On Tuesday, April 22, 2014, I participated in a debate at UC Berkeley on the topic of Stand-Your-Ground (SYG). I was pro-SYG. I was assigned a lovely and intelligent legal attorney and scholar as my debate partner, and I think her SYG position would most fairly be described as undecided.
On the other side of the table was another lovely and intelligent legal attorney and legal scholar, Ms. Rice-Lave. Her partner was a CNN legal analyst named Sunny Hostin, also purportedly an attorney.
At one point in the debate the following exchange occurred. Ms. Rice-Lave stated that it was “indisputed” that George Zimmerman had been told by the 911 operator to remain in his car, but that he left the car despite this instruction.
I offered Ms. Rice-Lave a $100 wager that Zimmerman was NOT told to stay in his car.
Ms. Rice-Lave did not accept the wager, but Ms. Hostin did, stating, “I’ll take that wager.” I accepted, and offered to send her the 911 recording which would have captured any such instruction.
In fact, of course, that 911 recording does not at any point contain any instruction by the police dispatcher to Zimmerman to remain in his car.
The following morning I sent Ms. Hostin the 911 audio, and offered to send her my mailing address so that she could mail my winnings.
It was at that point that she welshed on the wager. To this day she refuses to pay her $100 obligation.
So, below you’ll find the video/audio of the portion of the debate that captures the moments described above. I’ve also transcribed it, for those of you unable to stream the recording at the moment. Finally, I’ve included the 911 audio, so that you may verify for yourselves whether Zimmerman was instructed to stay in his car.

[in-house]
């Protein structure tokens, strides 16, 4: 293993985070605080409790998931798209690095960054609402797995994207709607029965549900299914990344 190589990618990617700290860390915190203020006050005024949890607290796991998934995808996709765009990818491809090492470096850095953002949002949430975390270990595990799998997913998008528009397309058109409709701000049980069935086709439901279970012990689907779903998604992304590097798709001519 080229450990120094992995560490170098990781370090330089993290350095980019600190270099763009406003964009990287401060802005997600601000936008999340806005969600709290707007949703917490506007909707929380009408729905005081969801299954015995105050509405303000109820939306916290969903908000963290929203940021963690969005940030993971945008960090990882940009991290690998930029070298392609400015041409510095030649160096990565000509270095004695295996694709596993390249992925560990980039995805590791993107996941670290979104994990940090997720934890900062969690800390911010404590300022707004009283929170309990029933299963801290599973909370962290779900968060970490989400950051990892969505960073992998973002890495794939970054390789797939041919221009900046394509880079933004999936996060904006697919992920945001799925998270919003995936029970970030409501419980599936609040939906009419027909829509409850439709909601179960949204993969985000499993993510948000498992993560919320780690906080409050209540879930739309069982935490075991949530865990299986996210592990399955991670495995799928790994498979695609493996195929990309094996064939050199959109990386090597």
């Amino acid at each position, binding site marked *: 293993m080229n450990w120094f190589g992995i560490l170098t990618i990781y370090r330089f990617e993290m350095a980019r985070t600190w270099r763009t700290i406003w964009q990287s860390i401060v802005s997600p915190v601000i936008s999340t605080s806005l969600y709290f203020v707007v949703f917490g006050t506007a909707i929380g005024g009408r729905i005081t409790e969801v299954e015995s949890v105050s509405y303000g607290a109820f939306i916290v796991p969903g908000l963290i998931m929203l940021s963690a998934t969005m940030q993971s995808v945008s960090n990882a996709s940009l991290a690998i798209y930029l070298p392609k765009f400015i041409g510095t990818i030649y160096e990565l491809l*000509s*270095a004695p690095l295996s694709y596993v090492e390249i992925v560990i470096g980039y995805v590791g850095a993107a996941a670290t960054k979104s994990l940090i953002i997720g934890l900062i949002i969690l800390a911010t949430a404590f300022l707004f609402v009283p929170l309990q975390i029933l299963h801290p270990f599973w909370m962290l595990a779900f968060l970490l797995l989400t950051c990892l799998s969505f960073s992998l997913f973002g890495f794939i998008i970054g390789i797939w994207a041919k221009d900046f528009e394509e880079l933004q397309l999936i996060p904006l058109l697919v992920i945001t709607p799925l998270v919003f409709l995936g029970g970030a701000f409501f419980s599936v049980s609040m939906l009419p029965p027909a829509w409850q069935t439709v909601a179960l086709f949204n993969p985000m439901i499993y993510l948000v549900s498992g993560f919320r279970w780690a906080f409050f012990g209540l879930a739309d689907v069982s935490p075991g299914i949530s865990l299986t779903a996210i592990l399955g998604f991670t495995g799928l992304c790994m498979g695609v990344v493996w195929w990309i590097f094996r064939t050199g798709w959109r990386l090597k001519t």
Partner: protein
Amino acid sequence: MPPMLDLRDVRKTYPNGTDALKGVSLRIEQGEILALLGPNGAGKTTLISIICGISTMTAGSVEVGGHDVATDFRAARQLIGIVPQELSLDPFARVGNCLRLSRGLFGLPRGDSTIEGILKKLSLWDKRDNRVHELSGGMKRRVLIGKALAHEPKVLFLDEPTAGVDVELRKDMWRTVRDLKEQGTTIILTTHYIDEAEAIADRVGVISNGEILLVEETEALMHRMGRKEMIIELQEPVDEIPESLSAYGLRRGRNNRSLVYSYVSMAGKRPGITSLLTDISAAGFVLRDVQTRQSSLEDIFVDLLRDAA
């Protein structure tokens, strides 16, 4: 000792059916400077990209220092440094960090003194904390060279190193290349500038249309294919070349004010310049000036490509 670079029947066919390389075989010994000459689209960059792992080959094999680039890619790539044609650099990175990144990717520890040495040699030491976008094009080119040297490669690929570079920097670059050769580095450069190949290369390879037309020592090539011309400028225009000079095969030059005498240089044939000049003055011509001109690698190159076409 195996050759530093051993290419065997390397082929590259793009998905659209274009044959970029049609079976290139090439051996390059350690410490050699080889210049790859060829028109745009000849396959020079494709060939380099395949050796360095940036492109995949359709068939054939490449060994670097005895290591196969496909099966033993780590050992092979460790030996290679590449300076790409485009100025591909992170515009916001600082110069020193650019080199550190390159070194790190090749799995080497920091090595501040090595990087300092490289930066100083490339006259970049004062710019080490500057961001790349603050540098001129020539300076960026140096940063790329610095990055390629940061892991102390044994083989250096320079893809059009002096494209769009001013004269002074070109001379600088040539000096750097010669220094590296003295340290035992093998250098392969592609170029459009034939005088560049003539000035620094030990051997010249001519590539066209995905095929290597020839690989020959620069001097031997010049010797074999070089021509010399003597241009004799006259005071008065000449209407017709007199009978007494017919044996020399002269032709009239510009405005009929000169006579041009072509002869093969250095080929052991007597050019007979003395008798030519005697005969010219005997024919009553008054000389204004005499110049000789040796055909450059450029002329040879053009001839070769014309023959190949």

Judge for yourselves. 🙂
Recording of debate wager:
Rice-Lave: Let me ask you this, Mr. Branca. You indicate that, you told the people here today, that all of the prongs of classic self-defense law have to be met, except for the duty to retreat. And I would just ask you about the Trayvon Martin case, which of course we’re all familiar with. It is indisputed in that case that Mr. Zimmerman was told by the 911 operator to remain in his car, and Mr. Zimmerman left the car and pursued Trayvon Martin. In fact there was a jury instruction in the case which specifically talked about how the jurors should consider the fact that Mr. Zimmerman left and helped to create the situation, and what I’m wondering is how, if it’s the case that all these prongs of the case and that someone has to be completely innocent to prevail under self-defense, how is it the case that Mr. Zimmerman could have prevailed in this trial?
Branca: First, I’ll make you a $100 wager that he was NOT told to stay in his car.
Rice-Lave: . . .
Sunny Hostin (unseen, via Skype): I’ll take that wager.
Branca: Who is that? Who is that?
Sunny Hostin: This is Sunny.
Branca: OK, Sunny, you’re on. I’ll share the 911 tape when I get home, and we can report back to everybody.
Sunny Hosting: Trust me, I’ve listened to it.
Branca (proceeding): The duty to retreat–
Unedited, full-length 911 recording between Zimmerman and dispatcher:
If anyone can find ANYWHERE in that 911 recording–the only communication Zimmerman had with the police prior to the fatal shot fired into Trayvon Martin–where Zimmerman was told to stay in his car, I’LL pay YOU $100. In fact, he was never told to DO or NOT DO anything. At most, he was told that the police “don’t need you to do that,” and even that had nothing to do with staying in his car, but rather with following Martin.
Hey, @SunnyHostin, @wheresmymoney?
And here’s the “Downfall” parody someone produced to commemorate Sunny’s debate loss and welshing:
Andrew F. Branca is an MA lawyer and the author of the seminal book “The Law of Self Defense, 2nd Edition,” available at the Law of Self Defense blog, Amazon.com (paperback and Kindle), Barnes & Noble (paperback and Nook), and elsewhere.